Bloomberg L.P. is another business information provider that understands the value of print, even though it is a latecomer to the medium. Not only was its purchase of BusinessWeek from McGraw-Hill at the end of 2009 its first acquisition of a print magazine—it was the company’s first acquisition of any kind, according to Hugh Wiley, publisher of the weekly journal now known as Bloomberg Businessweek.

Bloomberg, he said, bought Businessweek for “relevance.” The company wanted to be known as a multi-channel, multimedia publisher of market-moving news, and the acquisition, according to Wiley, delivered benefits to both parties: 4.5 million Businessweek readers to Bloomberg, and the parent company’s “huge newsgathering machine” to the magazine.

Wiley said that “the floodgates opened” in terms of editorial opportunities when the two organizations came together, and they have been endeavoring for editorial leadership ever since. “You can’t be relevant if you’re just going back and covering the sixteenth iteration of news that’s been covered before,” he observed.

The core challenge for a multimedia information provider, said Wiley, is to publish seamlessly across all of its channels with “common content platforms” that readers and advertisers will appreciate. These should be integrated solutions that let readers become viewers (and vice versa) as the news streams suit them.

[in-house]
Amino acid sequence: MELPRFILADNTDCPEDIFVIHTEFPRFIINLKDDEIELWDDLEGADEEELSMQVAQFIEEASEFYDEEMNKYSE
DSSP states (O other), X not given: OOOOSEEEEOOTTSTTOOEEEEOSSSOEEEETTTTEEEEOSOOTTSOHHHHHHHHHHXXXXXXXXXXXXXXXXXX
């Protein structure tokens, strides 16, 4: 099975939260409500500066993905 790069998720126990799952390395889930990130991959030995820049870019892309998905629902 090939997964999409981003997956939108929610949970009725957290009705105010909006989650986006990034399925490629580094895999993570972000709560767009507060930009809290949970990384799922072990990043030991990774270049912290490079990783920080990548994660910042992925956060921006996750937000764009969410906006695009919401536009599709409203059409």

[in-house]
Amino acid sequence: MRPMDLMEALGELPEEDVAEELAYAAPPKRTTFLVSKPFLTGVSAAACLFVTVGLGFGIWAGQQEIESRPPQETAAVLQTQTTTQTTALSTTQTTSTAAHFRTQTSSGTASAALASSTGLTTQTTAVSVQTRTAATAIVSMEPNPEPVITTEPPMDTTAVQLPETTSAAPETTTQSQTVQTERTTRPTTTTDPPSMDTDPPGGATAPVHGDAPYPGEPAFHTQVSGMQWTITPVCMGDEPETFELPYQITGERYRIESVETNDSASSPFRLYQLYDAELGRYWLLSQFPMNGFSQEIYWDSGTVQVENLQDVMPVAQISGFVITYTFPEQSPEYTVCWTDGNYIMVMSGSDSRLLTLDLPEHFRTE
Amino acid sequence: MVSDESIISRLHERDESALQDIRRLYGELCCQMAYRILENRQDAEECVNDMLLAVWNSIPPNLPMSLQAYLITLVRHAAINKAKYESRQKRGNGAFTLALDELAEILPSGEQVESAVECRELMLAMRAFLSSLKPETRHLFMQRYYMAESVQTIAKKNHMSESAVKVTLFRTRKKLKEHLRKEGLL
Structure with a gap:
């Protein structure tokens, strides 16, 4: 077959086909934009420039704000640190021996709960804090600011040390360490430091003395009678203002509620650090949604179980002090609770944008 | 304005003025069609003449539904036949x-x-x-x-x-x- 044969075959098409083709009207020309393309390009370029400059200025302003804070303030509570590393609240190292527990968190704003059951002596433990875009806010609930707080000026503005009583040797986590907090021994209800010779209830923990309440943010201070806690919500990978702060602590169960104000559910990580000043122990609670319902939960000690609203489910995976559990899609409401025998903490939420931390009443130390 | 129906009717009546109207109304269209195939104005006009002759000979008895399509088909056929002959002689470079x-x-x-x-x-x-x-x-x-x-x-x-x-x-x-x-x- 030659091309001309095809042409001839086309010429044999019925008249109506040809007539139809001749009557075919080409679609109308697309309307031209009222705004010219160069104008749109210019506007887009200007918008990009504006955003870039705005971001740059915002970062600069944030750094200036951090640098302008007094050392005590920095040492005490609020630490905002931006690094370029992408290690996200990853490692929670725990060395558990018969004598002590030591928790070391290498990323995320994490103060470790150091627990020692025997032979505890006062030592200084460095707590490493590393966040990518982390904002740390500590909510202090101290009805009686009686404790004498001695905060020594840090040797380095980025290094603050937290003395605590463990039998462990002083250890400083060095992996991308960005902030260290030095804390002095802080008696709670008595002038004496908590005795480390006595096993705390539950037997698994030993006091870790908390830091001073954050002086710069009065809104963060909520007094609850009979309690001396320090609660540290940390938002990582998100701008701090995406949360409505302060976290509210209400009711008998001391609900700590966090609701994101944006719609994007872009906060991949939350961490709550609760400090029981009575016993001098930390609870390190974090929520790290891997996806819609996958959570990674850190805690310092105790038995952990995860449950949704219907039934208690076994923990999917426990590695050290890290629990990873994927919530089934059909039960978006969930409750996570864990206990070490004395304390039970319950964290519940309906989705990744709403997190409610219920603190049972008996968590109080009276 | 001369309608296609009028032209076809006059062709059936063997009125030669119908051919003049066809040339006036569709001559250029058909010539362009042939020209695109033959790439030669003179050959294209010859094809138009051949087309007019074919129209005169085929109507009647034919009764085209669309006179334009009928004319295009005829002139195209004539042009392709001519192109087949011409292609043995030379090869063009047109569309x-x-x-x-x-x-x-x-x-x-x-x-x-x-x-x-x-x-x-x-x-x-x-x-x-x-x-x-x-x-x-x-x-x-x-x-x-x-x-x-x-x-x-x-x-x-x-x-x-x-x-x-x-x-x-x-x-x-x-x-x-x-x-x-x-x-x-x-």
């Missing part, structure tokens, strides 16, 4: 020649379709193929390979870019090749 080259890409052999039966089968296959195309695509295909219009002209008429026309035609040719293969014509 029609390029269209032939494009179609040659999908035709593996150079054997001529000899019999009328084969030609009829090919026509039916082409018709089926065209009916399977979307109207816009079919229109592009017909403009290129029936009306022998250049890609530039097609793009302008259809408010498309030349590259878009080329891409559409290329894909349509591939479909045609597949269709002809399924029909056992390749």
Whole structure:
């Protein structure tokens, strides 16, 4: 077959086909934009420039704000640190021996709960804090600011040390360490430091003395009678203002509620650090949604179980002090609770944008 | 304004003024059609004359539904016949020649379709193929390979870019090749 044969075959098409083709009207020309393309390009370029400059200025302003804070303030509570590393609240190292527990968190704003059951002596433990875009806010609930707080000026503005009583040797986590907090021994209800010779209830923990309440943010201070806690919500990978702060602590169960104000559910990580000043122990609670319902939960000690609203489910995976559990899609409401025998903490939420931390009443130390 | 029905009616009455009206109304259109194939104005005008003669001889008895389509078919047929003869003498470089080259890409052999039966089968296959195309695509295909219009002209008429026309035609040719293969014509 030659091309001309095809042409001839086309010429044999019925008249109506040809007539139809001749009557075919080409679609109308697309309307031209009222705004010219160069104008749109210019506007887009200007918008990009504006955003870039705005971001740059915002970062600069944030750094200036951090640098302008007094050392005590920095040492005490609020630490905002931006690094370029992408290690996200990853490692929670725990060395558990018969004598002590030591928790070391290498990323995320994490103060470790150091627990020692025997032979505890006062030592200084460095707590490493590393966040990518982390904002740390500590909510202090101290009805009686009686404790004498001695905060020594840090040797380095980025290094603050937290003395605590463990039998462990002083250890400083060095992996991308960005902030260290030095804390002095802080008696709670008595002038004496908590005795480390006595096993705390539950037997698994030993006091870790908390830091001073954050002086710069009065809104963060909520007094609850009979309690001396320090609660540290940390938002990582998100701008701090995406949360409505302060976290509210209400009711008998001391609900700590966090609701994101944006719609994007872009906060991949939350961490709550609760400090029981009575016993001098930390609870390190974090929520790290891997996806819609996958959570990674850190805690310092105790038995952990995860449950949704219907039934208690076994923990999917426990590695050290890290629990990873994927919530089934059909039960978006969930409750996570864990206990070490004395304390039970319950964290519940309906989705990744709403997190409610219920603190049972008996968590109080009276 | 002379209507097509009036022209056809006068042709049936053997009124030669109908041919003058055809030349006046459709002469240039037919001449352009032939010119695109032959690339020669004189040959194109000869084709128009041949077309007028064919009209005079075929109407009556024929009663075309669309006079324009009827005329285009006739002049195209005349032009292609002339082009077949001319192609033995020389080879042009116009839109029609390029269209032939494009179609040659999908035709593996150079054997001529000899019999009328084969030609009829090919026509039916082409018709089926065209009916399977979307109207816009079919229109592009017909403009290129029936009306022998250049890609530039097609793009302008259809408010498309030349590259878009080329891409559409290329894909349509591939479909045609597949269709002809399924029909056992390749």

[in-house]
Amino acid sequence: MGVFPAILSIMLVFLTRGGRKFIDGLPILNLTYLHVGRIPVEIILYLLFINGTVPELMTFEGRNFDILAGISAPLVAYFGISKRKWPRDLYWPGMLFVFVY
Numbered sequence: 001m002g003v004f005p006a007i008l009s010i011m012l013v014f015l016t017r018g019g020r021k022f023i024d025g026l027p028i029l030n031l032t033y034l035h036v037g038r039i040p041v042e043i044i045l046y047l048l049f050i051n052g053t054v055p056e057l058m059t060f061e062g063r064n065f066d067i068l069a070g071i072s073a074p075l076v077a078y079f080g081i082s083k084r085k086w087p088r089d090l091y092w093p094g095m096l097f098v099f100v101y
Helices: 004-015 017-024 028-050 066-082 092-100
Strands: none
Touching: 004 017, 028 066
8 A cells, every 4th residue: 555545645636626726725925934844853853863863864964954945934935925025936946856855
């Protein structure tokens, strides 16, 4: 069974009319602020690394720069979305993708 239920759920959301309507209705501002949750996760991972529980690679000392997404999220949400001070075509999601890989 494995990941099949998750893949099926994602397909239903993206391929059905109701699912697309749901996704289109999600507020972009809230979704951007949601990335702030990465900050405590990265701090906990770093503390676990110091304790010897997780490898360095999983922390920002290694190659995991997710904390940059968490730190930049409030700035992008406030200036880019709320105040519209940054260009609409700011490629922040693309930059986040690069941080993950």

One such platform is the iPad application that Wiley said Businessweek will launch in about two weeks. He described it as “not overly tricked out” with features that could make it hard to use. Navigation will be easy, and every article presented on the app will feature a “related bar” that automatically links to whatever else Businessweek has published about the companies and executives mentioned in the story.

Magazine panel moderator Samir Husni asked whether publishers of printed magazines have stopped “innovating” and are merely “renovating” their products with cosmetic changes. Anton replied that to some publishers, “innovating” has meant switching to excessively lightweight stocks and taking other corner-cutting steps that sacrifice quality to stinginess.

This he compared to mismanaging a restaurant by serving less appetizing food in dingier surroundings. “Readers aren’t stupid,” he said.